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Welcome to the inaugural edition of the 2017 Cut List. Each weekend from now until the end of the season, I’ll be offering my thoughts on players who don’t deserve to keep drawing a nonexistent salary on your fake baseball teams.

A column like this can be a tricky thing so early in the year. We’re looking at maybe 25 plate appearances and one or two starts and trying to draw meaningful conclusions, and that’s just silly. So until we get a bit deeper into the season, this space will likely feature me mostly doubling down on my preseason valuations and yelling at you for rostering guys I dislike who are off to crummy starts. If only you’d listened the first time.

In addition to the players on the Cut List, we'll also spotlight a player on the Hot Seat: Someone who may not be a cut yet, but whose leash is extremely short.

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The Cut List: Week 2

Byron Buxton, OF, Minnesota Twins

Cut in: Points leagues, shallow mixers

That said, we’ll start off with a player who doesn’t fall into the aforementioned category. Buxton is just 23 years old, and boasts pedigree and tools that still seem like they ought to translate into a quality major leaguer at some point. Unfortunately, he has been – and I want to use the technical term here – complete garbage so far.

Buxton finally got his first extra base hit of the season on Saturday, and it was only the third time he’d reached base in 23 plate appearances. He’s already struck out 13 times. Given that this is an area in which he’s consistently had trouble, and one that stabilizes relatively quickly, the tiny sample might be more telling than it would normally be.


Mitch Moreland, 1B, Boston Red Sox

Cut in: All but deep and AL-only leagues

Going from David Ortiz in the cleanup spot to Moreland is like having dinner at Eleven Madison Park one night, and going to Golden Corral the next. It’s like attending to a double feature that screens The Godfather and then Troll 2. It’s reading 1984 and then picking up Fifty Shades of Grey, or listening to Mingus Ah Um before spinning anything by Nickelback.

What I’m trying to say, here, is that Moreland is bad. He has exceeded 60 RBI one time, never scored more than 60 runs, and is a career .253 hitter. If he ends the season as Boston’s cleanup hitter, or even as their starting first baseman, it will be a shock.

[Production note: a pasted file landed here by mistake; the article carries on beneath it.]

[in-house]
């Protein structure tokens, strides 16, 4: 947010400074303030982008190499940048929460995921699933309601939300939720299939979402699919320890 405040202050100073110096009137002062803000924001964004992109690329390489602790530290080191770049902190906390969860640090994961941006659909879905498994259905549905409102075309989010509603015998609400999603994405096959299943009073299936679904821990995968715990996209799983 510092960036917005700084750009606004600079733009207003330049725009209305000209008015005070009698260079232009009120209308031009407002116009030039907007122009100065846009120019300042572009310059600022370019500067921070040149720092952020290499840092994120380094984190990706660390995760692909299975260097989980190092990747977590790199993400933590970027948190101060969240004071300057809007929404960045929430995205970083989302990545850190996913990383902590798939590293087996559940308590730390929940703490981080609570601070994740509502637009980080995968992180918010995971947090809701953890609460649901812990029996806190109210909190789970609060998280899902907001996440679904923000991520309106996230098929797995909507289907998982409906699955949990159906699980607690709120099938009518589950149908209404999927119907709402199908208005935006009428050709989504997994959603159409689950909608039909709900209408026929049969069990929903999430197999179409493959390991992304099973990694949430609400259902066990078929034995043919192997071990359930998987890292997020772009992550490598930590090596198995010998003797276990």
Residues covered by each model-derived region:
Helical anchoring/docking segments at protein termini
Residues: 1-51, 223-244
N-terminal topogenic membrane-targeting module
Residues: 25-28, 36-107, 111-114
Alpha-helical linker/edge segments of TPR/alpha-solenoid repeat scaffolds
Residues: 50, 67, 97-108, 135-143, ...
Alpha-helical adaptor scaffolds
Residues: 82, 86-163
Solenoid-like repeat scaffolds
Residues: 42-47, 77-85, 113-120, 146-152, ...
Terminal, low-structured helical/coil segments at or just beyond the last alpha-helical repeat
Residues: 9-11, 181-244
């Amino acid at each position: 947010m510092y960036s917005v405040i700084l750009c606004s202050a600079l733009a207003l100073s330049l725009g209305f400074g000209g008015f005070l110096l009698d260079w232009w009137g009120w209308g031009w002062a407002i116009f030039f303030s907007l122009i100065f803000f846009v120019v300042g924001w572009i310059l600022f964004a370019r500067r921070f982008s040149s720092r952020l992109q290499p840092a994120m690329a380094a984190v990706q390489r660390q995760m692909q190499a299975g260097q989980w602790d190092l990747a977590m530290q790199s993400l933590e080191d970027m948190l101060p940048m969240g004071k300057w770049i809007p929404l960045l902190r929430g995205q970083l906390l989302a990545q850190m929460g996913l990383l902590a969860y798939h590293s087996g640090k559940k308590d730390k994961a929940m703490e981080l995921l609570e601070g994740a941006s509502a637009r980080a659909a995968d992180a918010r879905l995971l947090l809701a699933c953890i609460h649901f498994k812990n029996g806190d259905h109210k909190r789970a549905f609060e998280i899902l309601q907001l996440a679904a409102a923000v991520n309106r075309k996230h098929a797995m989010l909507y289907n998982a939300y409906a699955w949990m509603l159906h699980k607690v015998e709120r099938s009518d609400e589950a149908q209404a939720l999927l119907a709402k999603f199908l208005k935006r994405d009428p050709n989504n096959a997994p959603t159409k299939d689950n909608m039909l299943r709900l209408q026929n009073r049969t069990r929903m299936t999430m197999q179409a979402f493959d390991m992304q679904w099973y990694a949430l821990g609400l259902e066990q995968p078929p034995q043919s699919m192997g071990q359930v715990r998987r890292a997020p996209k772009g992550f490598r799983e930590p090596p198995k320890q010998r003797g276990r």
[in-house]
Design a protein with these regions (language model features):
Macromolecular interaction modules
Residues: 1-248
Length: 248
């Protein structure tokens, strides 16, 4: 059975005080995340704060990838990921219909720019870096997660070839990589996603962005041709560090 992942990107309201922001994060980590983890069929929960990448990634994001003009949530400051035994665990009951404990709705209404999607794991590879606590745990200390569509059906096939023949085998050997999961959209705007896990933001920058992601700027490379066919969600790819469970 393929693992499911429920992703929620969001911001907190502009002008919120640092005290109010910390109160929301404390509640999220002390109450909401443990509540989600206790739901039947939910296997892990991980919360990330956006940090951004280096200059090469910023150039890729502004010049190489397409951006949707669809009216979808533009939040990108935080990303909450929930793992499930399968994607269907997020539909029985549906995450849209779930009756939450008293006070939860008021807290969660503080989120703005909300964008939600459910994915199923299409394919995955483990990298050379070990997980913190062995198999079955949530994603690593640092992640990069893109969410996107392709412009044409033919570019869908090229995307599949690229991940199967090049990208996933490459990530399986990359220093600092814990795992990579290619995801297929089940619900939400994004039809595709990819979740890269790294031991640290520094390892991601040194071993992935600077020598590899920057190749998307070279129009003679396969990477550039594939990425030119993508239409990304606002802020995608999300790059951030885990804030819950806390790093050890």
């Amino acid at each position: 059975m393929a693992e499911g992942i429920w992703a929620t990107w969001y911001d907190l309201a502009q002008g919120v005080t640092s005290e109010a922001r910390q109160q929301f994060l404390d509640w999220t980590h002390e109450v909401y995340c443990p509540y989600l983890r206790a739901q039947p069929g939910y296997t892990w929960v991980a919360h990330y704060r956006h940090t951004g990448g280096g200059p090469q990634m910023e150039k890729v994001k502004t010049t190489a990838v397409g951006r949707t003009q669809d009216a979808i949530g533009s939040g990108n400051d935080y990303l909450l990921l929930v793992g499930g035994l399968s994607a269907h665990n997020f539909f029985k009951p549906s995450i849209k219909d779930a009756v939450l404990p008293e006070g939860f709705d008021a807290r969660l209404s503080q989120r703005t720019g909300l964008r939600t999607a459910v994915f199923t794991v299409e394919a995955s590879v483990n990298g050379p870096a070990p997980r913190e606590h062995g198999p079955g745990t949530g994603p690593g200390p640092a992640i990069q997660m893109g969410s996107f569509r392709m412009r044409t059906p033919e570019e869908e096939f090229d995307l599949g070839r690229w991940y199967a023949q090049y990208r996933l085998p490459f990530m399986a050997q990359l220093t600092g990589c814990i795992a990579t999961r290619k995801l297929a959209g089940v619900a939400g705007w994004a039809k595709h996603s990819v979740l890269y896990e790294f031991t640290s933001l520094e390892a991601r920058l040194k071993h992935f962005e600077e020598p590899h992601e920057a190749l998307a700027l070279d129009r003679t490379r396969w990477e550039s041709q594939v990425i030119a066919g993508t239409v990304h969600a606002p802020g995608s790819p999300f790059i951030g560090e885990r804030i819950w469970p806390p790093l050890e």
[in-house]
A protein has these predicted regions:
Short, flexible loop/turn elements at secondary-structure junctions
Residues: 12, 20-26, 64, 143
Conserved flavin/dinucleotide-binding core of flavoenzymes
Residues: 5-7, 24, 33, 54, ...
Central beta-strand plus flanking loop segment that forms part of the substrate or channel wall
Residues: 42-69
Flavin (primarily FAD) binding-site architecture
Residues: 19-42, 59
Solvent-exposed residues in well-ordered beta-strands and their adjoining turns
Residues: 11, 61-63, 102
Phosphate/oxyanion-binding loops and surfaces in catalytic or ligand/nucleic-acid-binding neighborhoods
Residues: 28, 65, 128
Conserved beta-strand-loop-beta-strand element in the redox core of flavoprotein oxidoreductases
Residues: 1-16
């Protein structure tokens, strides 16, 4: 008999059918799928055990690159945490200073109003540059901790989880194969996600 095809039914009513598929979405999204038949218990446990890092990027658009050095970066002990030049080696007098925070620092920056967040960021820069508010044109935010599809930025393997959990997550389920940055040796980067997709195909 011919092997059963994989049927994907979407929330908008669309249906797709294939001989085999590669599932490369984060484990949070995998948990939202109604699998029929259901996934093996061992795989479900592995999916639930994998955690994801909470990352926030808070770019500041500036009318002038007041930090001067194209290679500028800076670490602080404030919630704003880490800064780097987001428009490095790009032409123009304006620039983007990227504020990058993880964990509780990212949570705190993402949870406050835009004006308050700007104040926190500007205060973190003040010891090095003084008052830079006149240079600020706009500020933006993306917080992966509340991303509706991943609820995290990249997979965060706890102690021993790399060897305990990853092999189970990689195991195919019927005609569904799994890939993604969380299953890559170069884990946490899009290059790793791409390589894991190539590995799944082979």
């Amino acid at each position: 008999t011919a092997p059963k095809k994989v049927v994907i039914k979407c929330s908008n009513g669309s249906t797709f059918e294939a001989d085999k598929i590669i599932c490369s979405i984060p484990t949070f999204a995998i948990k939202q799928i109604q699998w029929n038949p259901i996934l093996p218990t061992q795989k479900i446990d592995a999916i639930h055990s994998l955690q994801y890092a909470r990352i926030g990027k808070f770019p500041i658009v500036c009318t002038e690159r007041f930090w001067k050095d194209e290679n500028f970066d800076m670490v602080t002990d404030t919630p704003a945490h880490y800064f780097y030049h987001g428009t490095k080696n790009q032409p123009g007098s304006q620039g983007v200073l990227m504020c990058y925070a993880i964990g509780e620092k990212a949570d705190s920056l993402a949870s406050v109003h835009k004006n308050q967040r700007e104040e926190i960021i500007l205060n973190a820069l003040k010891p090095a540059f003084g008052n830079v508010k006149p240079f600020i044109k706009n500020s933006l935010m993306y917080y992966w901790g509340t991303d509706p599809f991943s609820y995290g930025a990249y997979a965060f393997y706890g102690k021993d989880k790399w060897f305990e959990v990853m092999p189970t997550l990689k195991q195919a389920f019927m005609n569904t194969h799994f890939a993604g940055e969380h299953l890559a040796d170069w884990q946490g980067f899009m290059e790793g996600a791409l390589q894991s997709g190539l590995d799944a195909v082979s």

Michael Pineda, SP, New York Yankees

Cut in: Standard mixers

It was only one start, but Pineda’s 2017 debut looked a lot like his disappointing 2016. He racked up strikeouts and avoided issuing a free pass, but was tagged for eight hits (including a home run) and failed to make it out of the fourth inning. He still needs better command, he still needs a third pitch, and he still needs to get the hell out of Yankee Stadium, where he gives up three times as many homers as he does anywhere else.


The Hot Seat: Week 2

Sam Dyson, RP, Texas Rangers

On thin ice in: Points leagues, shallow mixers

It’s never a good sign when the manager is forced to issue a vote of confidence for his closer in the season’s first week. Dyson has pitched twice so far this season, facing 12 batters. Nine of them reached base, and eight of them scored. You may be shocked to learn that the Rangers did not win either game, and that Dyson was saddled with the loss in both contests.

Texas went through a similar situation last season with Shawn Tolleson, who had been fantastic as the closer in 2015 and is now a person who, when you plug his name into Google, one of the related searches is “where is Shawn Tolleson.” Entering the year, Dyson was a mid-tier fantasy closer at best due to his lack of strikeout upside, and there are multiple potential usurpers to his throne.

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